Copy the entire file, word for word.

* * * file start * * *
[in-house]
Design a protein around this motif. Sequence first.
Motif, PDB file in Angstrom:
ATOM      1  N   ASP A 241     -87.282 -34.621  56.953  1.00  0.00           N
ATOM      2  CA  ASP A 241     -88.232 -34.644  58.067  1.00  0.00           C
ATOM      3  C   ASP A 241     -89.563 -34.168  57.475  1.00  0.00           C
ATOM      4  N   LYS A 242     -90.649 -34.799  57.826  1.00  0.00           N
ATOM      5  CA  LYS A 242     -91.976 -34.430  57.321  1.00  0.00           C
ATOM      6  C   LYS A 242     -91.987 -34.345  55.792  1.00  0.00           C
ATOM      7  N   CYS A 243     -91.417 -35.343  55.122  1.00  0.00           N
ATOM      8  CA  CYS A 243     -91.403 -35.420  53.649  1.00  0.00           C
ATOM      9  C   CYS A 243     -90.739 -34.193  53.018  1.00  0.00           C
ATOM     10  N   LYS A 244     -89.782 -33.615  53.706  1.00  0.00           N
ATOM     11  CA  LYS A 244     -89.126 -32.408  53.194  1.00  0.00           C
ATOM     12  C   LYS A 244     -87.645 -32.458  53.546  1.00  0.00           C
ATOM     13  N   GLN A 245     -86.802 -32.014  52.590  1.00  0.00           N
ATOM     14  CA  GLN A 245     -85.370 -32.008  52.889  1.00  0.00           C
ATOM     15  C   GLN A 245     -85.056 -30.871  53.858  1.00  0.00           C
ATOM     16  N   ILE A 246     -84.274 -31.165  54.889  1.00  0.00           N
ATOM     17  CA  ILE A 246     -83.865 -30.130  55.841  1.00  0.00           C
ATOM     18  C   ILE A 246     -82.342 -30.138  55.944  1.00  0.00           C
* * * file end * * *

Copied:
[in-house]
Design a protein around this motif. Sequence first.
Motif, PDB file in Angstrom:
ATOM      1  N   ASP A 241     -87.282 -34.621  56.953  1.00  0.00           N
ATOM      2  CA  ASP A 241     -88.232 -34.644  58.067  1.00  0.00           C
ATOM      3  C   ASP A 241     -89.563 -34.168  57.475  1.00  0.00           C
ATOM      4  N   LYS A 242     -90.649 -34.799  57.826  1.00  0.00           N
ATOM      5  CA  LYS A 242     -91.976 -34.430  57.321  1.00  0.00           C
ATOM      6  C   LYS A 242     -91.987 -34.345  55.792  1.00  0.00           C
ATOM      7  N   CYS A 243     -91.417 -35.343  55.122  1.00  0.00           N
ATOM      8  CA  CYS A 243     -91.403 -35.420  53.649  1.00  0.00           C
ATOM      9  C   CYS A 243     -90.739 -34.193  53.018  1.00  0.00           C
ATOM     10  N   LYS A 244     -89.782 -33.615  53.706  1.00  0.00           N
ATOM     11  CA  LYS A 244     -89.126 -32.408  53.194  1.00  0.00           C
ATOM     12  C   LYS A 244     -87.645 -32.458  53.546  1.00  0.00           C
ATOM     13  N   GLN A 245     -86.802 -32.014  52.590  1.00  0.00           N
ATOM     14  CA  GLN A 245     -85.370 -32.008  52.889  1.00  0.00           C
ATOM     15  C   GLN A 245     -85.056 -30.871  53.858  1.00  0.00           C
ATOM     16  N   ILE A 246     -84.274 -31.165  54.889  1.00  0.00           N
ATOM     17  CA  ILE A 246     -83.865 -30.130  55.841  1.00  0.00           C
ATOM     18  C   ILE A 246     -82.342 -30.138  55.944  1.00  0.00           C